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Thursday, 6 October 1983
Page: 1466


Mr SHIPTON(4.12) —In speaking to the estimates for the Department of Sport, Recreation and Tourism I wish firstly to congratulate Paul Hogan on agreeing to participate in the Australian domestic tourism program. I have already assured him, and I do so publicly in the House today, of the Opposition' s support for his participation in the Australian Tourist Commission's program to encourage Australians to see Australia first and to travel in Australia.


Mr Barry Jones —You had better congratulate the Minister too.


Mr SHIPTON —We should just wait before doing that because I believe that poor old Hoges has a hard job ahead of him. The Government, by its Budget and by its actions, is making it very difficult for him. If the Minister for Science and Technology listens he will see why. The Budget admits and assumes an inflation rate of at least double that of our trading partners. Because of the continuing high inflation in Australia overseas travel will continue to be attractive to Australians. The Budget, the mini-Budget and the national wage case put up costs for every Australian. The middle income earner is continually squeezed and will have less discretionary income to spend on holidays. The increased costs due to the Budget, the mini-Budget and the national wage case put up costs for every tourist operator in Australia. The Budget is a public sector budget. It expands government in Australia and squeezes private enterprise and the private sector. It puts pressure on every private enterprise tourist operator in Australia-the airlines, bus operators, hotels, motels and restaurants. It is no wonder that the Government is employing Paul Hogan to advertise the industry because the Budget contradicts and counteracts everything that poor old Hoges is trying to do. The Budget puts up costs to everyone in the tourist industry and to its customers, the potential travellers-the Australian consumer, the Australian public. The domestic tourism advertising program is doubtless designed in part to cover up the Government's failure to provide any real hope or any real incentive to the industry. The Budget contains no real incentives to the industry. It provides no investment allowances, no depreciation allowances or provisions. There are, of course, broken promises.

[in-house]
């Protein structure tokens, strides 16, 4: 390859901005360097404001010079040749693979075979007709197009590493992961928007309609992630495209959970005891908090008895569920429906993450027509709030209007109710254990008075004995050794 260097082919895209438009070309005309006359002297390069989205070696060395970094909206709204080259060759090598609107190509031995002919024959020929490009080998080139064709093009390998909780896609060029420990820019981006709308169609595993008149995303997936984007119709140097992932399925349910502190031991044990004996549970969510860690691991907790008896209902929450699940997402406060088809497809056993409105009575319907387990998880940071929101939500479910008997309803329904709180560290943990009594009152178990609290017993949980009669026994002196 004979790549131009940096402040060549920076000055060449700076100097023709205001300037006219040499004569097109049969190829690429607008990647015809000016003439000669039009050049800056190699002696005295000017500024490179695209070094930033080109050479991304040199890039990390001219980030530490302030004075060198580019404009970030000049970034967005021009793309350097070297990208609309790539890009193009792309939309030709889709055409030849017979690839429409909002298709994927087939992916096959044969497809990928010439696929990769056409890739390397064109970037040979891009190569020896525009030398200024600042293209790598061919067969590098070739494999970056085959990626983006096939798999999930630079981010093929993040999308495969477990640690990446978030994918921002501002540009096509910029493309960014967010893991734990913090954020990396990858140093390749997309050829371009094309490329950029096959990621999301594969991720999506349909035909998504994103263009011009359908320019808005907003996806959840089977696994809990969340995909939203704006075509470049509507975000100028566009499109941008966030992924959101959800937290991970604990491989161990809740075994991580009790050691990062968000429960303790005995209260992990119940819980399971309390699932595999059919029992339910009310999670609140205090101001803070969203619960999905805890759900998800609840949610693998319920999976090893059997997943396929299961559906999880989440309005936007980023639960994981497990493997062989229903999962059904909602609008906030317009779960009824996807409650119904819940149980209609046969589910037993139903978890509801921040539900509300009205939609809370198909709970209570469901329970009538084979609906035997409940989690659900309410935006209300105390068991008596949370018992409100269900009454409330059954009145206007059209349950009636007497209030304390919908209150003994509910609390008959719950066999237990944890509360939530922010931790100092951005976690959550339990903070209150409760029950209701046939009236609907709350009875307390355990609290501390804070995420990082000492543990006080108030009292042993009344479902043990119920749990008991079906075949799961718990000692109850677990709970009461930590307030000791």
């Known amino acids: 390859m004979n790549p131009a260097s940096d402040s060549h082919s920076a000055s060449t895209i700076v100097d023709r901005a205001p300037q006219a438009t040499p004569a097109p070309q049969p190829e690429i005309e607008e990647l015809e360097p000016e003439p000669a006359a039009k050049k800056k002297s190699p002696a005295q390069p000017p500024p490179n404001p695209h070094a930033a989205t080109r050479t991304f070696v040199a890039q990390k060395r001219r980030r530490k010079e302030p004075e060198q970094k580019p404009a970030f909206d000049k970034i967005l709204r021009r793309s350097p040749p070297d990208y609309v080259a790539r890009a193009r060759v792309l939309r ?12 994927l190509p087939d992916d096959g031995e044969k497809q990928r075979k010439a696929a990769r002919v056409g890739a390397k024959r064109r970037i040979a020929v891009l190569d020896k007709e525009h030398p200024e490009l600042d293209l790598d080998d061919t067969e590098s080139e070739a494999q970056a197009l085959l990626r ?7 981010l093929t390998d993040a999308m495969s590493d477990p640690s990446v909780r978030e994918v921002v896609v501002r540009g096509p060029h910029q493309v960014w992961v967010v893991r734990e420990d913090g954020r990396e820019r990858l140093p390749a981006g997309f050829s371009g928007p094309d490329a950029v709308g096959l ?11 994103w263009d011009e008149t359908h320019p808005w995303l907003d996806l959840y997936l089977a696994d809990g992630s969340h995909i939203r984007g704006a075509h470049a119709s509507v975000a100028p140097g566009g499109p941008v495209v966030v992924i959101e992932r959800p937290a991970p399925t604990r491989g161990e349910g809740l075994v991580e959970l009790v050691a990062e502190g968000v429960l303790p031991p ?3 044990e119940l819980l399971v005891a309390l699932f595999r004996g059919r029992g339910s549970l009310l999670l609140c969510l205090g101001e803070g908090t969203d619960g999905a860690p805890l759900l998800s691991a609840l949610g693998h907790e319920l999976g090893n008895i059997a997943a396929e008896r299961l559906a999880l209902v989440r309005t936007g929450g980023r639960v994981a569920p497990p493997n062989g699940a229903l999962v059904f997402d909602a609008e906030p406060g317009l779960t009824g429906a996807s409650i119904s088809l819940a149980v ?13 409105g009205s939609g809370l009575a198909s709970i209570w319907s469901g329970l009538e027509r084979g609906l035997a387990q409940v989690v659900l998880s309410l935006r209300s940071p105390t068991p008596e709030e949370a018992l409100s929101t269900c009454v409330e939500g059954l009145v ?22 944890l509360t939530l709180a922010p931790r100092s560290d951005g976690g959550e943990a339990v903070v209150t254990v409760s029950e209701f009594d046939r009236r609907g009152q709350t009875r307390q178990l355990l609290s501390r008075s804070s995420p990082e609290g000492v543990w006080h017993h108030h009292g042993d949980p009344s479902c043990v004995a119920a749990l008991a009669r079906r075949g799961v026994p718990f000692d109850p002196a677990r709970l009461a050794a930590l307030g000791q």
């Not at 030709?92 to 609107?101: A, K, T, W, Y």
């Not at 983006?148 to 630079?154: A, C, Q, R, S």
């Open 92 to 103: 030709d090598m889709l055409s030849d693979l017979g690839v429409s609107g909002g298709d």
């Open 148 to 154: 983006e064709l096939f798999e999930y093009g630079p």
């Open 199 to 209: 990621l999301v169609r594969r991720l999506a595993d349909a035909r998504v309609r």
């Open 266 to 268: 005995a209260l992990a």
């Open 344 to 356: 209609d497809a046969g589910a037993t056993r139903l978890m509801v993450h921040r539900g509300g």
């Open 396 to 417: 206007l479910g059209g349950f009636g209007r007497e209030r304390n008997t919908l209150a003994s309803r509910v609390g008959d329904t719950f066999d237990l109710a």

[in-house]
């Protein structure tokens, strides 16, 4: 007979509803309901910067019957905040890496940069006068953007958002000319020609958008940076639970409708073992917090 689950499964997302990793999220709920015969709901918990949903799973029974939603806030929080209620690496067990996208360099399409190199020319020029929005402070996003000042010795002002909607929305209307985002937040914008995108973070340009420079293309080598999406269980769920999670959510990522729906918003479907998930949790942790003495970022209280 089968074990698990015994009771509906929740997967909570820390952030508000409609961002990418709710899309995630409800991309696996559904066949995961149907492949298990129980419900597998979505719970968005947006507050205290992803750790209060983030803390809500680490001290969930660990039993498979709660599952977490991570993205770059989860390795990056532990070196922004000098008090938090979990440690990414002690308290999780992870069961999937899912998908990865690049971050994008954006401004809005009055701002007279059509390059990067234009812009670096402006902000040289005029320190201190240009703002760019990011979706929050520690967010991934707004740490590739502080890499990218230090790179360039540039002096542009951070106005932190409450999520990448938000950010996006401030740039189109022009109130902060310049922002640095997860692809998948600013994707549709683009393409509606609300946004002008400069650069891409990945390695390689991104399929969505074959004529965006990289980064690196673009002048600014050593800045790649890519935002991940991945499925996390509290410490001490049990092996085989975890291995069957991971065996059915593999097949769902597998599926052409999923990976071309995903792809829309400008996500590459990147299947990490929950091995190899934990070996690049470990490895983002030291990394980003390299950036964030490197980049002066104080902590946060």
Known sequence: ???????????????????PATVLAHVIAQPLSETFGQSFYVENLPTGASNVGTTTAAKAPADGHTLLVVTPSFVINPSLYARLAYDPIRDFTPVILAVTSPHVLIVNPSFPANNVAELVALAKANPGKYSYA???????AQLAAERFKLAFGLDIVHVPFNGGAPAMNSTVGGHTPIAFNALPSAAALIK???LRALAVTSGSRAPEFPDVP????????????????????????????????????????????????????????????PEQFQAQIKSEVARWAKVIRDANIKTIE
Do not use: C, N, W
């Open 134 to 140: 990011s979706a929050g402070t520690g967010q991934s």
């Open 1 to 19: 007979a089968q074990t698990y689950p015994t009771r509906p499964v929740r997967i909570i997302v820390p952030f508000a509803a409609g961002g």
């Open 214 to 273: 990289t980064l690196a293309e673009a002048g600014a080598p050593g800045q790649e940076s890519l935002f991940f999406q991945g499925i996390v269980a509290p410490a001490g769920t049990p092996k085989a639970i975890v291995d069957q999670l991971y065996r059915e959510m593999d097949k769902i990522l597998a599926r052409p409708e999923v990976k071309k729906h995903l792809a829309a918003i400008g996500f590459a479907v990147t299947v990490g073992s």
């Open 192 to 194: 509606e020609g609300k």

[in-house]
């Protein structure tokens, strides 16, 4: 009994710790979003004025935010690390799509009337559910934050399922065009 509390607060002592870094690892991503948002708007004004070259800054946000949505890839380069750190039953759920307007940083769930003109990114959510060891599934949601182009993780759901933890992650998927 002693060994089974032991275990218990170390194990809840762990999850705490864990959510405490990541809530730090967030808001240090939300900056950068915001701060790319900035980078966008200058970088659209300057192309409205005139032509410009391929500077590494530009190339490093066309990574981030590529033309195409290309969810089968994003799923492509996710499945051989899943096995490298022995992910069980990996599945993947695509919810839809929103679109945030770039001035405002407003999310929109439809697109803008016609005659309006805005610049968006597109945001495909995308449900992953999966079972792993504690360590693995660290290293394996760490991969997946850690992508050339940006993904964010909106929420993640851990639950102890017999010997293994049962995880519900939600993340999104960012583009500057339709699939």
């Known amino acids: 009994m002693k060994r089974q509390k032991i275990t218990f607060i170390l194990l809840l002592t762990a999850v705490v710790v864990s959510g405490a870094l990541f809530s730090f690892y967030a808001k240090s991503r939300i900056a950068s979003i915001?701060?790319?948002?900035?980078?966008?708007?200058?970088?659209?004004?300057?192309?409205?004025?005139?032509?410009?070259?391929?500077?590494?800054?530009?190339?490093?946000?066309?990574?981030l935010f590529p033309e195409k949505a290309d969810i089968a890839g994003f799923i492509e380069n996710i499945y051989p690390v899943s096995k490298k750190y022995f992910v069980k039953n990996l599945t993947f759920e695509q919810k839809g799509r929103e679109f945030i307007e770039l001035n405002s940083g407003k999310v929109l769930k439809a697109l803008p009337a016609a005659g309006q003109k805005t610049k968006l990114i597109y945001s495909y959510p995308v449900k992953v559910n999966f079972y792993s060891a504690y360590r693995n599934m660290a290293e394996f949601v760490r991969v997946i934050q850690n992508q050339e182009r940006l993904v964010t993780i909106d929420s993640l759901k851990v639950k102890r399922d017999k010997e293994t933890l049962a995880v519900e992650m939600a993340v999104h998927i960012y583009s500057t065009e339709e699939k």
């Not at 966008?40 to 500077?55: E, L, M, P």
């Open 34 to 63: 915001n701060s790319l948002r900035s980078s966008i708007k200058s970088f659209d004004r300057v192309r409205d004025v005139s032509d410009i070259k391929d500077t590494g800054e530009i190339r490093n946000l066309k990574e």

Let us look at Tasmania in relation to the Budget. The Minister for Sport, Recreation and Tourism (Mr John Brown), in a visit to Tasmania in August before the Budget was presented, promised Tasmanians, as compensation for the dam, $10m to be spent on tourist development. He also promised jobs to Tasmanians. I say to the Minister: How much of that $10m was provided in the Budget? Less than $2m was given to Tasmania, and $10m was promised. It is no wonder that Tasmanians continue to be disaffected and disillusioned with this Government. The increases in fuel costs in the mini-Budget in May and in this Budget strike at the tourist industry. Increases are now guaranteed every six months by automatic indexation. Airline costs are increased and these are reflected, obviously, in higher air fares. Bus and coach operators are cruelly hit by the fuel increases. Buses that do eight miles to the gallon are heavy consumers of diesel fuel. Bus operators also suffer from the Government's broken promise to abolish sales tax on retread tyres.

Let us look at Queensland. The Treasurer (Mr Keating) described in the Budget a special grant to Queensland of $1m to subsidise the costs of diesel fuel to Barrier Reef island resorts. Yet the Minister for Sport, Recreation and Tourism, in a recent speech at Tamworth-he reassured the House of this today-said that that $1m was to assist the off-shore islands with the generation of electricity. So the grant has been confined to the generation of electricity on off-shore islands. The situation is confusing and it needs clarifying.


Mr John Brown —Do you know of any on-shore islands?


Mr SHIPTON —I am asking the Minister about the off-shore islands. He said that the grant was to Queensland. Does it include the Whitsunday islands, which are not Great Barrier Reef islands? Does it include Kangaroo Island in South Australia? Is it limited to the Queensland Barrier Reef islands, to the Queensland off-shore islands or to off-shore islands generally? If it does not apply to all Queensland off-shore islands and particularly to Barrier Reef islands, obviously they will all get less than they thought they would get when the Budget was delivered. There will be less for everyone. If the grant applies to all Queensland off-shore islands, will the Government increase the amount available?